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This could be a pipe dream... opening up a very large portion of 2nd story floor

This could be a pipe dream... opening up a very large portion of 2nd story floor


  #1  
Old 11-21-22, 05:10 PM
J
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This could be a pipe dream... opening up a very large portion of 2nd story floor

I'm going to try and keep this brief, and not looking for a full study or anything. It's just something I've been looking to do and I think it's feasible but I could be completely wrong. (wouldn't be the first or last time)

I have a 2 car 2 story garage. First story is cinder block walls and 12' high to the joists for the second floor. Down the middle of the garage is a structural steel beam, with roughly 12' long 2x10 joists on 16" centers spanning between the wall and beam.

Now here is my plan, to allow me to utilize a full rise car lift and where you can tell me if I'm stupid or not.

From the concrete wall side, come in roughly 24-30" and cut roughly 13 to 14 joists. Join these to a 3 or 4 ply 2x10 (this would be running parallel to the wall/center support beam). The existing joists that this would tie into would also be doubled or tripled. This would effectively open a hole in the floor about 18' long and 8' wide, with one side being directly over existing support beam. On the edge of this opening, I would frame it like a wall and rise about 36" all the way around, span it with 2 x 8's or 2 x 10's, fully enclose this and basically make it a large layout/work table.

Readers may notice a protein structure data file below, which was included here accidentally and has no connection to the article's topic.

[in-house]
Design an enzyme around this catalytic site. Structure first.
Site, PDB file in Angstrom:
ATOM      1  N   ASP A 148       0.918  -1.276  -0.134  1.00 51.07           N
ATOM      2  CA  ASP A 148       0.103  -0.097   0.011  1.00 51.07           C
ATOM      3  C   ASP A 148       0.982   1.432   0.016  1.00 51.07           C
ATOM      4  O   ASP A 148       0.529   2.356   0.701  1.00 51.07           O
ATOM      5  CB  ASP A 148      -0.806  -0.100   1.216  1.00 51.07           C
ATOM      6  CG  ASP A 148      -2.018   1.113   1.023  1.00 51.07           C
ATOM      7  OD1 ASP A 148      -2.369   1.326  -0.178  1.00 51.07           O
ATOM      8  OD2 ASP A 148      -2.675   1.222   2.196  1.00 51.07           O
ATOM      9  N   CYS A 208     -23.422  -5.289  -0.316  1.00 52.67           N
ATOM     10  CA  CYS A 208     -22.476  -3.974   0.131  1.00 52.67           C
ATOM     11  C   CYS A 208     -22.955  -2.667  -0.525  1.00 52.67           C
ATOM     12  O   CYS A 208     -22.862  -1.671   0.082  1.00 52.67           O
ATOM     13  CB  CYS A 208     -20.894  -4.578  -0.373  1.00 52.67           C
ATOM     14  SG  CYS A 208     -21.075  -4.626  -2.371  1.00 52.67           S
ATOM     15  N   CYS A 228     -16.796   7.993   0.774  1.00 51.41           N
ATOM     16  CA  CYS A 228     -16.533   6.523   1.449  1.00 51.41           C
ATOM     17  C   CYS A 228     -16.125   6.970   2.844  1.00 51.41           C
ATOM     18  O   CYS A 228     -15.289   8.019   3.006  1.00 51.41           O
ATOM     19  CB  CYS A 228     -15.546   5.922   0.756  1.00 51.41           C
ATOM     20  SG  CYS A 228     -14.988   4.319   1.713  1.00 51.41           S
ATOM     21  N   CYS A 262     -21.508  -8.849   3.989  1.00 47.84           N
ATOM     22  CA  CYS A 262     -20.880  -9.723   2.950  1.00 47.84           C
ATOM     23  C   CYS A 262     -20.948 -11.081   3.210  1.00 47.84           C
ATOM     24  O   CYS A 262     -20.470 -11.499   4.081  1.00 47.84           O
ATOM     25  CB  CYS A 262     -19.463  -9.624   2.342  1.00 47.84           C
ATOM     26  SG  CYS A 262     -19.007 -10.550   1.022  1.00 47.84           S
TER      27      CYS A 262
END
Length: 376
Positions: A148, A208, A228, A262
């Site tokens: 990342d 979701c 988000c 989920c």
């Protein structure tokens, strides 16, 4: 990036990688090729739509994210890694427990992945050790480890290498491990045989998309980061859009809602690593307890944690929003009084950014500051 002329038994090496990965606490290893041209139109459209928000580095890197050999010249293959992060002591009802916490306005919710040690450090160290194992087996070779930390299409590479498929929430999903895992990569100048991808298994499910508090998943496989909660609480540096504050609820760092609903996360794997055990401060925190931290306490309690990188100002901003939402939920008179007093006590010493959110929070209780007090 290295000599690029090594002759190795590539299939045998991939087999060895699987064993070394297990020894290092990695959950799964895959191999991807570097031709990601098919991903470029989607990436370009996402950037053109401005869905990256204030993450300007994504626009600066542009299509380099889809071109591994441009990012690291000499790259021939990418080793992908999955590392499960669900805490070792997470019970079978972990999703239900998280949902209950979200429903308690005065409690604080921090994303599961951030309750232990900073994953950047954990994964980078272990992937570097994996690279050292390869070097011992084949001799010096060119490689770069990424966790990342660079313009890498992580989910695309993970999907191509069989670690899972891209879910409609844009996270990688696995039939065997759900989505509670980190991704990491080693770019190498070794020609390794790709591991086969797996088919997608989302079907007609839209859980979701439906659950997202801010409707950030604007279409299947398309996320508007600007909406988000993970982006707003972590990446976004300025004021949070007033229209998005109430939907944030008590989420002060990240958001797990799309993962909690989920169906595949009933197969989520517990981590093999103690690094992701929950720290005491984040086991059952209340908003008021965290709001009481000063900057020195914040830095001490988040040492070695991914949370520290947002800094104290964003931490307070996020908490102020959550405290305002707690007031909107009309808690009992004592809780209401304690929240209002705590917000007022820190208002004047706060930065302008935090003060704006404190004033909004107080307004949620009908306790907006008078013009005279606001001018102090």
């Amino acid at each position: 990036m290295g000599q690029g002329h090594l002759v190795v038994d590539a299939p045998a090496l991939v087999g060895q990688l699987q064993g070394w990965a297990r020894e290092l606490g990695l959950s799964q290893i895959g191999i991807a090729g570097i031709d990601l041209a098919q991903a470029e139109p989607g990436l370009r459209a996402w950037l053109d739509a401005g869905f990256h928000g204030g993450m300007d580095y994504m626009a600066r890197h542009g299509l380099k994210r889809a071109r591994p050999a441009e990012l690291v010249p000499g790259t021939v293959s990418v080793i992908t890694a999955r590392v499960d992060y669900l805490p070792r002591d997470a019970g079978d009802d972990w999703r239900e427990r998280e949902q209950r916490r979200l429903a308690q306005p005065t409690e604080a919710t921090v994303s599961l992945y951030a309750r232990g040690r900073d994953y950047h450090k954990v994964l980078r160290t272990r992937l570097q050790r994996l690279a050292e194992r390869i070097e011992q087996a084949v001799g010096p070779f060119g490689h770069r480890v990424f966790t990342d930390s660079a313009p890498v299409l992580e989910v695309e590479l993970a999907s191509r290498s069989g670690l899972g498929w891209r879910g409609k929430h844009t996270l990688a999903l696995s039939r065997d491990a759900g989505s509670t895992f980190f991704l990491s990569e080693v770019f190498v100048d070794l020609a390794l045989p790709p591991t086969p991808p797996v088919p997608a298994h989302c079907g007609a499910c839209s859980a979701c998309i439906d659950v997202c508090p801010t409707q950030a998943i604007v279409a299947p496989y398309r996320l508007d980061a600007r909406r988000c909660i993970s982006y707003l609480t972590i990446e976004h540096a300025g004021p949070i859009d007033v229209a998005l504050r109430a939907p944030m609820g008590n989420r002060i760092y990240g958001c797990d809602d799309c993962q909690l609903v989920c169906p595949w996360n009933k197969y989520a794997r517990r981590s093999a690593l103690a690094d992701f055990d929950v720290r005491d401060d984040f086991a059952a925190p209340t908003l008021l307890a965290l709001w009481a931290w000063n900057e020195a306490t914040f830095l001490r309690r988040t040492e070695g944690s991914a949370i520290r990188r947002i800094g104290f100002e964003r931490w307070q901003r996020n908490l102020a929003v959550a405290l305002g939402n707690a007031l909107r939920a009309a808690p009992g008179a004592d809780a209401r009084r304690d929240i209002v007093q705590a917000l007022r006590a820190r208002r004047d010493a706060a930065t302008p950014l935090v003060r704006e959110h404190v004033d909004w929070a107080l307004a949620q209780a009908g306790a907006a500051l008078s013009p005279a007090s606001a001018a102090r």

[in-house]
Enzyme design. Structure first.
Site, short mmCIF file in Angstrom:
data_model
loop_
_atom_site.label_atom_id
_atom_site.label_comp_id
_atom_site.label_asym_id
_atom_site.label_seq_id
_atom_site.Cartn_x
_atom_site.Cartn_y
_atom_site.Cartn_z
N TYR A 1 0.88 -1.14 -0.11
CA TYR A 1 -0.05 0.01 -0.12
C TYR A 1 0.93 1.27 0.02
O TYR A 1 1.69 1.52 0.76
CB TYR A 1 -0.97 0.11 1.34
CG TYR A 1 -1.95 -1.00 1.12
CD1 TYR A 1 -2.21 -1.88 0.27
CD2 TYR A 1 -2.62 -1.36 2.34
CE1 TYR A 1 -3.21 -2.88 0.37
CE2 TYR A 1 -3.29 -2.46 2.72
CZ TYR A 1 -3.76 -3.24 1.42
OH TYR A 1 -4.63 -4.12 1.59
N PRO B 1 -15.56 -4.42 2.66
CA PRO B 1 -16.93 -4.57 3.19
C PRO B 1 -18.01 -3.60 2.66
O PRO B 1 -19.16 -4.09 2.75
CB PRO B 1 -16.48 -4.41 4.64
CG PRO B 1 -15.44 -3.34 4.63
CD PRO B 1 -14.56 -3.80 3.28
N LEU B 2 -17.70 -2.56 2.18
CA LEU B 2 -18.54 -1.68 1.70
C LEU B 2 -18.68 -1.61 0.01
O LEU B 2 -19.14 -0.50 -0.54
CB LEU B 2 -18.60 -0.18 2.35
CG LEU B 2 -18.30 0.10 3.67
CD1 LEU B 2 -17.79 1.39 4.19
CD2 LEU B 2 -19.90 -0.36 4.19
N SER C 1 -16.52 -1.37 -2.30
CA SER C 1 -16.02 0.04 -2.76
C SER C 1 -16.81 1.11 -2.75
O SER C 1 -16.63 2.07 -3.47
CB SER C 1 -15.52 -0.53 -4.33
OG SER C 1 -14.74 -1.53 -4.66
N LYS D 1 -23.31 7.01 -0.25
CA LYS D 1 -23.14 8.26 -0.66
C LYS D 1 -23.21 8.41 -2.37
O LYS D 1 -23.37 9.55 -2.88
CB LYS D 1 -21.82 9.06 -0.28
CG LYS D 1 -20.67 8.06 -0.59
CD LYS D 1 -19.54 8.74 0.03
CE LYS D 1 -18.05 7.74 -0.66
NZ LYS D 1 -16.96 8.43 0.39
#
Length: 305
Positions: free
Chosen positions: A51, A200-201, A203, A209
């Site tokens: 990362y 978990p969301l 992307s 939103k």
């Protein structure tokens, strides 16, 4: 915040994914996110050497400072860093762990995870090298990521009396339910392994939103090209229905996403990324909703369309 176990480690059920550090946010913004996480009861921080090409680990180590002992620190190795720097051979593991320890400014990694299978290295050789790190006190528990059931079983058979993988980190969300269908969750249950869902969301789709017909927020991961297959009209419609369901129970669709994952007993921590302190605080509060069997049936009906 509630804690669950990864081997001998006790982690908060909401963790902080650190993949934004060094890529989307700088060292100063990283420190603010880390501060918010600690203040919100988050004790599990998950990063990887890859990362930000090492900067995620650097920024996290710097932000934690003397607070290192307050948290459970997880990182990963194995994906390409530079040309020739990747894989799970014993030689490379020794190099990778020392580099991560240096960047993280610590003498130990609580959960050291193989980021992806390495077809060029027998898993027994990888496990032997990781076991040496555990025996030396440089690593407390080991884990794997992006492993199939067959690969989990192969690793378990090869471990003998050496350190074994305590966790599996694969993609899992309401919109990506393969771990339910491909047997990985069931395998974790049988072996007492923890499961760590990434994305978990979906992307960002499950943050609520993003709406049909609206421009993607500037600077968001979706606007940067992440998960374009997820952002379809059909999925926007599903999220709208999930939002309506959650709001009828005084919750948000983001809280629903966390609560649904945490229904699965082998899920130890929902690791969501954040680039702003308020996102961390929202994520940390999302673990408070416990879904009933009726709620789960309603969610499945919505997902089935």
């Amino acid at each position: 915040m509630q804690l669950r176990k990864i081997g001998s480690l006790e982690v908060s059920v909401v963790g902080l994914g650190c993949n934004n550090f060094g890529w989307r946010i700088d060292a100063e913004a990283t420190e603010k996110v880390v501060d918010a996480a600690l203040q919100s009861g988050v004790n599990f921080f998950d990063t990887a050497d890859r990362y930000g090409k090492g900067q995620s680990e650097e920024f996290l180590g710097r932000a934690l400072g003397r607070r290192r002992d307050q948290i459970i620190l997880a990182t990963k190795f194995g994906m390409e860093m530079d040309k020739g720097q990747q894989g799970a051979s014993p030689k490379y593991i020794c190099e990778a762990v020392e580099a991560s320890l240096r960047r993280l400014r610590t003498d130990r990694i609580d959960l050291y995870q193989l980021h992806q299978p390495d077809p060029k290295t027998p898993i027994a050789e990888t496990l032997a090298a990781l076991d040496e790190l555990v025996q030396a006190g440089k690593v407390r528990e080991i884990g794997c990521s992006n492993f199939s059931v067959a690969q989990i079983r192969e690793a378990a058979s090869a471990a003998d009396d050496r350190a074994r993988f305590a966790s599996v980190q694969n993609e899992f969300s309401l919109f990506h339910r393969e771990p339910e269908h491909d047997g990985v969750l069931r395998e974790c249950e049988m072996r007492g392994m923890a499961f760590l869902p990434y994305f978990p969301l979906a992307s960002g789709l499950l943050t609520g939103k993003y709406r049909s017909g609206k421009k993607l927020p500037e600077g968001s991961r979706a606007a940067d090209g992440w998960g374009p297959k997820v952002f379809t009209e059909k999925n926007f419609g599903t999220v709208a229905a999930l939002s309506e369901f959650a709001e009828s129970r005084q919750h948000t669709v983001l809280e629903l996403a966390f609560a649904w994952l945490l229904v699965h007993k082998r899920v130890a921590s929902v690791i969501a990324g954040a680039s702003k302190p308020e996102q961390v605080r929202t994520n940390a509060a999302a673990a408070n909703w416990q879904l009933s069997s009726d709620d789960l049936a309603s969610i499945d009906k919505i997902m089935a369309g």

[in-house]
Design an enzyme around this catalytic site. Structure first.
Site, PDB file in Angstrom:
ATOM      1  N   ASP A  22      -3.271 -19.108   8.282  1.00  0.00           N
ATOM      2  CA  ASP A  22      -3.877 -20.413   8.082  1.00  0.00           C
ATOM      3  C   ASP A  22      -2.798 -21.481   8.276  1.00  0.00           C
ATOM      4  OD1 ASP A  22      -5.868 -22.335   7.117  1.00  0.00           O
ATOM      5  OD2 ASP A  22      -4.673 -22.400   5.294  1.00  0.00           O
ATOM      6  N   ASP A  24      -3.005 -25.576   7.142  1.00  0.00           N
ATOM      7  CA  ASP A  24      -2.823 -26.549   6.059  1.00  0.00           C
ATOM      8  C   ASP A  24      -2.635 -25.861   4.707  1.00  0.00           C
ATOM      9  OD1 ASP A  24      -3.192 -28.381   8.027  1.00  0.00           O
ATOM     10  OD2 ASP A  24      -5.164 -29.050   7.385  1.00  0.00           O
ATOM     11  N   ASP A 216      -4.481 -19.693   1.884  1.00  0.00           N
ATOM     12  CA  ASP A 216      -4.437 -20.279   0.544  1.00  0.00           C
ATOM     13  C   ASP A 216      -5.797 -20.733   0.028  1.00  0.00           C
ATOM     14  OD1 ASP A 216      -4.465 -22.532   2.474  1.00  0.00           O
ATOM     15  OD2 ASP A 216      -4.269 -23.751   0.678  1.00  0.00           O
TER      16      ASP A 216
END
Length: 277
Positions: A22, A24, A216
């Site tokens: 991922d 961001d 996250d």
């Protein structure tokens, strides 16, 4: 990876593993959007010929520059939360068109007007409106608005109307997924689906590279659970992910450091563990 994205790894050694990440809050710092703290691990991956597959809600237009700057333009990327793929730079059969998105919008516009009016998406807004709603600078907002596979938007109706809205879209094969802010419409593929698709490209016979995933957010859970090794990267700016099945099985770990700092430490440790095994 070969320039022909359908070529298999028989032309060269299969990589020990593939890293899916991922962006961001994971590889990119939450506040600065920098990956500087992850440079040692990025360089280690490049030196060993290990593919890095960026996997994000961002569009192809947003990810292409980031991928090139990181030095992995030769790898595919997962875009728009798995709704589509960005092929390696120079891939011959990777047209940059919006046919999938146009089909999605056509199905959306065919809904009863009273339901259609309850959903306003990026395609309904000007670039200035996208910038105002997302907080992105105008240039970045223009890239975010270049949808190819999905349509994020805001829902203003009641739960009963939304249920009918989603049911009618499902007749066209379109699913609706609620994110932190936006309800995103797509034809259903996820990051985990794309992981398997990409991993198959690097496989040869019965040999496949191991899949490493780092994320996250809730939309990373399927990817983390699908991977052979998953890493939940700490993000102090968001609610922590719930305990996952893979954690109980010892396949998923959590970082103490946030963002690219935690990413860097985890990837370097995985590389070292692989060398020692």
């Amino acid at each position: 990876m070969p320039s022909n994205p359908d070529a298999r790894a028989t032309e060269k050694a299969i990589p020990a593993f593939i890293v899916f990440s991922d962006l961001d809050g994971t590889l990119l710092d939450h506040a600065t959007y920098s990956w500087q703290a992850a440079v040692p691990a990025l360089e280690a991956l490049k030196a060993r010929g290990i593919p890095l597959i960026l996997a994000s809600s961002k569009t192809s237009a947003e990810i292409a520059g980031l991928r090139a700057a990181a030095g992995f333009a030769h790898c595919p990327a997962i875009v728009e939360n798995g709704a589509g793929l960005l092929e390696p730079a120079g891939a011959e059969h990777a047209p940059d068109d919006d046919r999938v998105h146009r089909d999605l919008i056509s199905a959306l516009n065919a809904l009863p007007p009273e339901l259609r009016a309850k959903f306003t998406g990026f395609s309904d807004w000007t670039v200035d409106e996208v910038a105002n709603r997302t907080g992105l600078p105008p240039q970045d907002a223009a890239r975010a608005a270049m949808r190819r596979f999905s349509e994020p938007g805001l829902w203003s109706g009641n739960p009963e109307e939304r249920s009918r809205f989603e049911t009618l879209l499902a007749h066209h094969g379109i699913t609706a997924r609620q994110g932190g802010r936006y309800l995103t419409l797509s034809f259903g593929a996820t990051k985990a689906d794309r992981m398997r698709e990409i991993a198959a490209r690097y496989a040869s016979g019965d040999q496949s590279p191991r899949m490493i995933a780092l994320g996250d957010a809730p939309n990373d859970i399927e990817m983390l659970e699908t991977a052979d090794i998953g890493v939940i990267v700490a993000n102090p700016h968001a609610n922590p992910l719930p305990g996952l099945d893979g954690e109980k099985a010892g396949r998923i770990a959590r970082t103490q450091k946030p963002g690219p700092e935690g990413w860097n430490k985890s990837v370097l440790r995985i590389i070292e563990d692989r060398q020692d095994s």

End game is to get rid of my similar sized large layout table upstairs in garage, while giving myself 15-16' of ceiling height in one bay of my garage for a full sized car lift (which is actually already installed... bit of a carriage before the horse)

Am I totally batsh!t crazy or is this feasible, and if it's feasible, anybody know where I can get started on it in MD?
 
  #2  
Old 11-21-22, 06:49 PM
C
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On a single story building you would have to be concerned with counteracting the tendency for the roof loads to push the walls out, but since you have two stories I assume there are ceiling joists on the second floor to handle that. Or a structural ridge. So at first blush it seems the joists you plan to cut are only supporting loads on the second floor. Still, the stub walls you plan will be a fair amount of load, and second story floors have to be designed to support dead and live loads specified in the building codes, regardless of what *you* plan to put up there. I don't think it is an absurd idea, but no way I would do it without having an engineer design the modifications.
 
  #3  
Old 11-21-22, 11:25 PM
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Step one is to consult an engineer.
 
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